US shows ambition for space hegemony amid grim COVID-19 situation

By Wang Yiwei Source:Global Times Published: 2020/5/12 20:58:09

Illustration: Liu Rui/GT

The White House is drafting a new international agreement, Artemis Accords, as a blueprint for mining on the moon with an aim of protecting "American bases from rival operations."

The program can be seen as the latest US effort to boost its allies' confidence in the US leadership, especially before the upcoming US presidential elections, and to reconsolidate loose ties that were damaged due to US response to the pandemic, such as intercepting medical supplies that its allies secured from other countries, mainly China.

The pandemic has unveiled Washington's selfishness and apathy, raising tensions with its allies. In turn, this has increased US' fears that its partners may side with China in the next round of competition between Beijing and Washington.

Hit hard by the novel coronavirus outbreak, US' traditional military bases and crew members on its four aircraft carriers have been infected, leaving its navy and army forces greatly weakened. A threatened US, therefore, has begun to shift the focus of its hegemonic ambitions to outer space - where its dominance is strong, just as it is in cyberspace. 

Notably, the release of the Artemis Accords came on the heels of the successful maiden mission of China's latest state-of-the-art carrier rocket, the Long March-5B, launched on May 5. The mission signals that China is a step closer to constructing its own space station. 

The timing of this coincidence has created widespread speculation that this is a tit-for-tat move against China. Many argue the US is trying to flex its muscles in outer space to attract attention of other countries, and steal China's thunder.

The Trump administration has long regarded the moon as a crucial strategic resource in outer space and has marshaled extensive investment in scientific research on it.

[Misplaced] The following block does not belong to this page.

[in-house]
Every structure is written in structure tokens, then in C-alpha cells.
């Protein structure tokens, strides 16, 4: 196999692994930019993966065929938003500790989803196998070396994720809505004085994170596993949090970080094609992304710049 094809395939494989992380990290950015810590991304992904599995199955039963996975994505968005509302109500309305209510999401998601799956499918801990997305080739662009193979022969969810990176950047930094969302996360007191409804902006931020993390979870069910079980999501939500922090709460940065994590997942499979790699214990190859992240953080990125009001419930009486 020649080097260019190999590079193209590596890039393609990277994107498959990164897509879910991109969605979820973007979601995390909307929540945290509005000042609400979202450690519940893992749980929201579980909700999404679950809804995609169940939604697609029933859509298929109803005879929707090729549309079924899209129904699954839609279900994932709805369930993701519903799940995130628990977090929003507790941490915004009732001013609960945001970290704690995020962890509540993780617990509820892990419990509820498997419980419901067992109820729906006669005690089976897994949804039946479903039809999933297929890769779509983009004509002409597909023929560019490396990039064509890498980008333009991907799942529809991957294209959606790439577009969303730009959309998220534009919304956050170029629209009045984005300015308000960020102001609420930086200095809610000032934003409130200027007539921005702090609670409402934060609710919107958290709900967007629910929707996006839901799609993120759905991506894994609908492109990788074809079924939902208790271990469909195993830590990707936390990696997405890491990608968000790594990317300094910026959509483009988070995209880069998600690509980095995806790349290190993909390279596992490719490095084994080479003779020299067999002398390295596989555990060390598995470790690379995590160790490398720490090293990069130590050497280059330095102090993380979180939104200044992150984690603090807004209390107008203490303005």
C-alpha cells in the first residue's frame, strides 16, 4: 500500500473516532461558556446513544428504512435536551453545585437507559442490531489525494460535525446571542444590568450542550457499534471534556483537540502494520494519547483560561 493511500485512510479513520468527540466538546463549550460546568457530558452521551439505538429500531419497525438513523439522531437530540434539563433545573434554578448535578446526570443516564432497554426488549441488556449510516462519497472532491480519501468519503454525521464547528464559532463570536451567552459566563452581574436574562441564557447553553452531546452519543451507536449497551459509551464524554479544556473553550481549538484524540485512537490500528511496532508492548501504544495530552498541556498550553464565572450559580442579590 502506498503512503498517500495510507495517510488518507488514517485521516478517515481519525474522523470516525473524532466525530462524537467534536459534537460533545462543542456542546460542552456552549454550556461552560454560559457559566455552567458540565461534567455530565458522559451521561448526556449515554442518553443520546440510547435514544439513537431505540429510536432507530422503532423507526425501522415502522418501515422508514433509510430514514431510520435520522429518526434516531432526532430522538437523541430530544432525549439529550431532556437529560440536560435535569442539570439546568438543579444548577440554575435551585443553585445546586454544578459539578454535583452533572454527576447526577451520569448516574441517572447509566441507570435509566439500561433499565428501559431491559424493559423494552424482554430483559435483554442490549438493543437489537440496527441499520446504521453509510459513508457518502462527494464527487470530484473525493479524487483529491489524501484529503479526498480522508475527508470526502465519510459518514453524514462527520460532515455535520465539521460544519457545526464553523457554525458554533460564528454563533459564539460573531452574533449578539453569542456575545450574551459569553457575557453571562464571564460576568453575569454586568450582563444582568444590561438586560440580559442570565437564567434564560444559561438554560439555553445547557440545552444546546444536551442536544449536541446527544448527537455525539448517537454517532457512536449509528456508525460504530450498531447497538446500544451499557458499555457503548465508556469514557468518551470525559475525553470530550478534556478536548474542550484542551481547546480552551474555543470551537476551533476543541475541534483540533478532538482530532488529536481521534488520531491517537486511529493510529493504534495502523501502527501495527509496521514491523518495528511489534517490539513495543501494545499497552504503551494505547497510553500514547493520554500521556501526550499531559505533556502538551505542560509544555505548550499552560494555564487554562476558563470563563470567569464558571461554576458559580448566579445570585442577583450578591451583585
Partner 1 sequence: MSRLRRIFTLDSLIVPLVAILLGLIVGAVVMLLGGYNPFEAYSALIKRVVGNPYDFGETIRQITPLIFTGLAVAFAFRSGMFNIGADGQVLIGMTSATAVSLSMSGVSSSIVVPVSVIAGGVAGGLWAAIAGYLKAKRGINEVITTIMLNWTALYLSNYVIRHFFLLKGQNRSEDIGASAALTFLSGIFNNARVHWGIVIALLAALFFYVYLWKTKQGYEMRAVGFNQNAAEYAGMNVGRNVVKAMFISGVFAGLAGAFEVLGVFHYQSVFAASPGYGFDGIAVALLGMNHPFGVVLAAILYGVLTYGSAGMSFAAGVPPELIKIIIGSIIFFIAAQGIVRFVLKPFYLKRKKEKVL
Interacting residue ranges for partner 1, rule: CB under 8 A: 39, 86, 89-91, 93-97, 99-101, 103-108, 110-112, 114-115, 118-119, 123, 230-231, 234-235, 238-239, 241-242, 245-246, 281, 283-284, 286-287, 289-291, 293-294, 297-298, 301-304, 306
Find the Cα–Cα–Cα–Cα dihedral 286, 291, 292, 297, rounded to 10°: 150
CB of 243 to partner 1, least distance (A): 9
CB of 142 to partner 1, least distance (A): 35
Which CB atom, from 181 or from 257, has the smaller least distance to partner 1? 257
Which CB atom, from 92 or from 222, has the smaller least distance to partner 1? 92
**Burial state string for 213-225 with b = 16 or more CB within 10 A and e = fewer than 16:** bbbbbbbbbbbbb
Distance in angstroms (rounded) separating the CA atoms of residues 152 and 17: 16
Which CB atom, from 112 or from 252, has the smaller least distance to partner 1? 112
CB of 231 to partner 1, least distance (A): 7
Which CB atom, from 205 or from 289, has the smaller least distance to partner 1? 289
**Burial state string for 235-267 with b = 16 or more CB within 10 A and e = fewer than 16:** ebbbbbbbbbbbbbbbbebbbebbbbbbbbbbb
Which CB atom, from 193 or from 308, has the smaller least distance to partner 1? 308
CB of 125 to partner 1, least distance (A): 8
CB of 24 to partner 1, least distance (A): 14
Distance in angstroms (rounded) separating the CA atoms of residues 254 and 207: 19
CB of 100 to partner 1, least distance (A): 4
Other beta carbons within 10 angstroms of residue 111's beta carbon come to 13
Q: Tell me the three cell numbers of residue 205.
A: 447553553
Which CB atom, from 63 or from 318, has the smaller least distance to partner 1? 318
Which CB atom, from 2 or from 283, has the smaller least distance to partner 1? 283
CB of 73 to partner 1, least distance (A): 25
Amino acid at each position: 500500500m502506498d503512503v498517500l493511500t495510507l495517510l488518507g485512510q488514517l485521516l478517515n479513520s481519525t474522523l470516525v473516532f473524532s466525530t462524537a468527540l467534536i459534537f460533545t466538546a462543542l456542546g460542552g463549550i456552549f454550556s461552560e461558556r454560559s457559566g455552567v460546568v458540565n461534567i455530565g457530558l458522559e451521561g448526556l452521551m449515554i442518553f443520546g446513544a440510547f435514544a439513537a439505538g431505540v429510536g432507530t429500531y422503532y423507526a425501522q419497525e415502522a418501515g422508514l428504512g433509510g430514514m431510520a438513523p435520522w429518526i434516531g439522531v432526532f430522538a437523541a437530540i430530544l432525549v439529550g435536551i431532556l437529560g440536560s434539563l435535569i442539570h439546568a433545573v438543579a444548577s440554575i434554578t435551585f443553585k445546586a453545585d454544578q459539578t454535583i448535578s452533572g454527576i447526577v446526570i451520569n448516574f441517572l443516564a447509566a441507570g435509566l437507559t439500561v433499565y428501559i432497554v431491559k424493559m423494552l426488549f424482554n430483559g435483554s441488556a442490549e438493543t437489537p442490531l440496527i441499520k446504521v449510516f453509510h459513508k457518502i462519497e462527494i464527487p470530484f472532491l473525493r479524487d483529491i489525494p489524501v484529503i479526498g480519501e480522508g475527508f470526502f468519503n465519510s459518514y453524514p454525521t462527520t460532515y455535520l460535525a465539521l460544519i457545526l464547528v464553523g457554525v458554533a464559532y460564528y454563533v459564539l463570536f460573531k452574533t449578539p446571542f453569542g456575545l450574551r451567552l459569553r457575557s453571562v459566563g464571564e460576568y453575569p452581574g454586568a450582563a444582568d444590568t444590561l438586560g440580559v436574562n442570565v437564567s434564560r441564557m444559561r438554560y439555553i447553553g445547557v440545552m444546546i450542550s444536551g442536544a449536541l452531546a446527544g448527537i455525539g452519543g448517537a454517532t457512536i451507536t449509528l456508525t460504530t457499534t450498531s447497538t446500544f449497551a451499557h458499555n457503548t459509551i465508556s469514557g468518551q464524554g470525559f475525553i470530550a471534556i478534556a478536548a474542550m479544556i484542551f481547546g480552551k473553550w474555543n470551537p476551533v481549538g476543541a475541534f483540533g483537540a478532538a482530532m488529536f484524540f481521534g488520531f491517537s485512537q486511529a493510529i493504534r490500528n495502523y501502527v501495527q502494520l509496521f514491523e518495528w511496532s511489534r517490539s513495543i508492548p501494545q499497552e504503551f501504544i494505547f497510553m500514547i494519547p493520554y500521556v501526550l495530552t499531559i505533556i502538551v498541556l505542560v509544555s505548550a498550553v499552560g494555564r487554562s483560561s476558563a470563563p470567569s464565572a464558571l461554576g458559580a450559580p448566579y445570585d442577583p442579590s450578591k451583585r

With the Artemis Accords, the US reportedly proposed the idea of "safety zones" that would "surround future moon bases to prevent damage or interference from rival countries or companies operating in close proximity," Reuters reported on May 6. But the proposal sounds like the US wants to occupy space territory with a "first come, first served" course of action. 

The hegemonic logic of the US has always prompted the country's thirst for being exempt from the constraints of international treaties. 

High oceans, outer space, the Antarctic, as well as the atmosphere are global commons, meaning they are international, supranational, and global resource domains, which are supposed to be common human heritage.

Yet the US fantasizes to make the moon and space its own by getting there first. Planting a US flag on the moon during the first moon landing by the Apollo program in 1969 can be argued as a proof. Such a monopolistic approach is frequently practiced today. For instance, reports show that the Trump administration allegedly offered a German medical company "large sums of money" in March for exclusive rights to a possible COVID-19 vaccine.

In response to the egoistic US, China stresses the power of international justice and the safeguarding of regional peace through the development of high technology. If the US is allowed unfettered expansion of its hegemony and monopoly in space, the future of the entire human race will become absolutely dark.

Space has become a new military frontier for a growing number of countries. The US-proposed initiative now marks NASA's growing role as a diplomatic platform to deliver Trump's foreign policy. 

NASA, like the Federal Reserve System, bills itself as an independent agency, but it is increasingly tied to the US government as a blunt political tool for the country to lead the world.

Trump showed his naked ambitions for moon explorations amid the ugliest moments of the COVID-19 crisis in the US. This signals that the US will never prioritize people's lives and health during major crises. 

Living in such a liberal country, Americans have to take care of their own existence, because their government is too busy seeking space hegemony in outer space.

The author is professor at the School of International Relations at Renmin University of China.

Posted in: VIEWPOINT

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